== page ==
American dream alive and well in Cary teen

schandler@newsobserver.comFebruary 17, 2013 

  • See the video

    You can view Michelle Li’s “Dream Big for the President” video at

When Michelle Li of Cary decided to enter the “Dream Big for the President” contest, she knew just which dream to talk about.

Her five-minute video, which won the national contest’s grand prize for the 13-17 age group, was about the American Dream.

It’s a concept she’s experienced firsthand as the child of parents who came to the United States from China as young adults seeking a better life.

Her parents “had basically nothing,” said Michelle, 16, “and through opportunity and working hard really earned a really good life for themselves and were able to provide for me. I felt like that’s what I wanted to convey, that the American Dream is still alive, it’s still well, even if it doesn’t seem like it, because I’ve personally experienced it.”

The contest, sponsored by teen-oriented social network Rocket21, challenged students to imagine working with President Obama on his inauguration speech by offering input on what they believe to be their generation’s most pressing concerns. The winners didn’t actually get to pen his speech, but they did get to hear it during a trip to Washington last month to witness the inauguration ceremony in person.

That prize was a big motivation for Michelle to enter the contest.

“The award, just going to the inauguration, I thought would be such a unique and really special experience,” she said. And the subject matter tied together history and politics and her studies in the AP U.S. Government and Politics class she’s taking this year at Raleigh Charter High School.

“It seemed like a really great learning experience and just a really great way for me to express my opinions about what was going on right now,” she said.

In much of the video, Michelle faces the camera and talks plainly about the many challenges facing America today as a driving piano melody plays in the background.

“Many people say that the future of America rests on the shoulders of the next generation – my generation,” she begins. “But often I wonder what kind of America I will inherit.”

In addition to all the things on teens’ minds in any generation – school, friends, family – today’s teens worry about problems such as gun violence, national debt, a weak economy and global warning, she says.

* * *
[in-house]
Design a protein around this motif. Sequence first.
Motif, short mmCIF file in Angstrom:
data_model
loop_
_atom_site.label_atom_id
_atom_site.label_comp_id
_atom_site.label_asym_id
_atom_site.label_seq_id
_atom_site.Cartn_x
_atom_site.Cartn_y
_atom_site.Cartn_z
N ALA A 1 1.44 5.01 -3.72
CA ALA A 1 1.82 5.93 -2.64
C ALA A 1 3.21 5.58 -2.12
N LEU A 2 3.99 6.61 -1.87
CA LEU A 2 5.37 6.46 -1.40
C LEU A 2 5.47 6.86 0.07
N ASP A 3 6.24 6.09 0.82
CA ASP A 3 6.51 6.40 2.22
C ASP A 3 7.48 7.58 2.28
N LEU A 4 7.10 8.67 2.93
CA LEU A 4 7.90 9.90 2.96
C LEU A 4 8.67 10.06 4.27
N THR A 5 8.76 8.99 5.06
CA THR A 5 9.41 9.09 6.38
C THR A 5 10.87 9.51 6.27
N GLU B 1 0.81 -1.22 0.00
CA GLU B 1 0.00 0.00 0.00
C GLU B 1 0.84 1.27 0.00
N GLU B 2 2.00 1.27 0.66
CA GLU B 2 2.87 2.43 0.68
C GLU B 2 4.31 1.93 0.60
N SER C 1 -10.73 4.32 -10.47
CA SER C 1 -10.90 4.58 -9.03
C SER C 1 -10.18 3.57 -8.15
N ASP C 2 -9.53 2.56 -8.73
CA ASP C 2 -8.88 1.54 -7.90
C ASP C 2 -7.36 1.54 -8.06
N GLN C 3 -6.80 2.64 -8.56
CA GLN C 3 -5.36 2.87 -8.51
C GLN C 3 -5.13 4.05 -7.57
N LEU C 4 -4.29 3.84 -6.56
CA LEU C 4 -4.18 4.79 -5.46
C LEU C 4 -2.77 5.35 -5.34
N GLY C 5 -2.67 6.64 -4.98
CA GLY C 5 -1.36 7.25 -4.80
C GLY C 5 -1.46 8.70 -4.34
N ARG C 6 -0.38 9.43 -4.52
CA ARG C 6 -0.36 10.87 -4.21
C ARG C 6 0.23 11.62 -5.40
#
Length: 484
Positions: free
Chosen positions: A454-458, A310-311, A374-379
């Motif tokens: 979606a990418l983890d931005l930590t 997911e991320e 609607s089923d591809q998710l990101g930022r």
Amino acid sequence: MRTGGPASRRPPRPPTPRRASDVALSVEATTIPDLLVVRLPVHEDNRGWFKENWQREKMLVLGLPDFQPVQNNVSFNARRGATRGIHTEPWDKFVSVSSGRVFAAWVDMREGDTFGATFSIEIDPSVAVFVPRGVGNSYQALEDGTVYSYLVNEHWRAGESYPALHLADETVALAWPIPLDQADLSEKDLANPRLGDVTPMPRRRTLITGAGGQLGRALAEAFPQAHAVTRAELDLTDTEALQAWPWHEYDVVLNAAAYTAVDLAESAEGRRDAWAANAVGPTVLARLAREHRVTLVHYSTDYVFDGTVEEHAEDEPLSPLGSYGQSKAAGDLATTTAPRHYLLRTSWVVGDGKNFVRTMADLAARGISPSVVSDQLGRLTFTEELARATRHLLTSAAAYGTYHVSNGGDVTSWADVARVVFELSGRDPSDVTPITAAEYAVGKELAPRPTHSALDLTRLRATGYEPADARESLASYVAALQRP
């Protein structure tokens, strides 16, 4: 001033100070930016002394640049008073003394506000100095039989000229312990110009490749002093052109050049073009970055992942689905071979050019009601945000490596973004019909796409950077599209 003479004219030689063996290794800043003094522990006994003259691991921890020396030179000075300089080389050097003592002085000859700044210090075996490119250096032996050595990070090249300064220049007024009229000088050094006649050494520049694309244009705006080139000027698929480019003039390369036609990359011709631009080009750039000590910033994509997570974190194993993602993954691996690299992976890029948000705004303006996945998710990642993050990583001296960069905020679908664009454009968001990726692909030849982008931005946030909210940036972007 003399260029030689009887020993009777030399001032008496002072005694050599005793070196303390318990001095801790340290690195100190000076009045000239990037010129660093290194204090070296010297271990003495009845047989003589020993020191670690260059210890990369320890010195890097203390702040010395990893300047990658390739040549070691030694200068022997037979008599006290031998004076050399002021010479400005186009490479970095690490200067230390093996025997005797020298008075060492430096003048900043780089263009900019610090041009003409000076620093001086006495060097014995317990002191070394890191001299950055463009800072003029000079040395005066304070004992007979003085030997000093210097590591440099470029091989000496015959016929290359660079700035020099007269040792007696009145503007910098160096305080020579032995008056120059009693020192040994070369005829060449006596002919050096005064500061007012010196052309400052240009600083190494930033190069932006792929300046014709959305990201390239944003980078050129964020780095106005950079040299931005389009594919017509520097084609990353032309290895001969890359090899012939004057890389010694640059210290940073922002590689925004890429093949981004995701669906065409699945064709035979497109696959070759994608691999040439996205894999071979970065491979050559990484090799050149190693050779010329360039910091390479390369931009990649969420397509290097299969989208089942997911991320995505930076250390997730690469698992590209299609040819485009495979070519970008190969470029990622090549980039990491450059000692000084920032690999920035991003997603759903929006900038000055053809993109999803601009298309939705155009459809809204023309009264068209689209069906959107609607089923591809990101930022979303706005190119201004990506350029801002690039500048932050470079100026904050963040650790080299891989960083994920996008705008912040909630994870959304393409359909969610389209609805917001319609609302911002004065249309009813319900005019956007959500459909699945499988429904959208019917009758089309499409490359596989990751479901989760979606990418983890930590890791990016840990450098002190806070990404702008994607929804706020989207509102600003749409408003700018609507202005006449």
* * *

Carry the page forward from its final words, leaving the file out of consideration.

“But I still have faith in America’s future,” Michelle says. “I have faith in America’s future because of the past.” And then she tells her parents’ story of coming to America and what it has meant to her.

Michelle’s parents, who became American citizens in 2008, were with her when she attended President Obama’s inauguration.

“I remember hearing them and seeing them studying for their citizenship test and memorizing all the Supreme Court justices and stuff, and it was so that they could exercise their right to vote,” Michelle said. “So I do think it was meaningful for them to be there and see all of that.”

The experience was a thrill for Michelle, too, even if the view wasn’t so great.

“We actually were in the area that was as close as you could get without being a congressman or something,” she said, but it was a crowded spot. “I personally couldn’t see anything because I’m only 5(-foot-)2. There were six-foot-tall people standing in front of me, so I could only see their backs.”

But the experience was about far more than just seeing, she added.

“Just being in the crowd and sort of feeling the energy as it flowed and swelled and stuff, it was really interesting,” she said.

While she was in Washington, Michelle also toured the Capitol Building and attended a luncheon for lawmakers hosted by a lobbying group.

“It was everything that I had been learning in school just coming to life in front of me,” she said, “and seeing it in action and where everything takes place.”

Michelle doesn’t know yet where her interest in politics will lead. She’s not sure she wants to be a politician herself, but a career behind the scenes, possibly in foreign relations, sounds appealing. Whatever her future holds, she said, she hopes that she can use what she knows to be of service.

“Hopefully (it’s) something where I would help people,” she said. “I just feel like we’re put here for a reason, and what are we if we can’t help people?”

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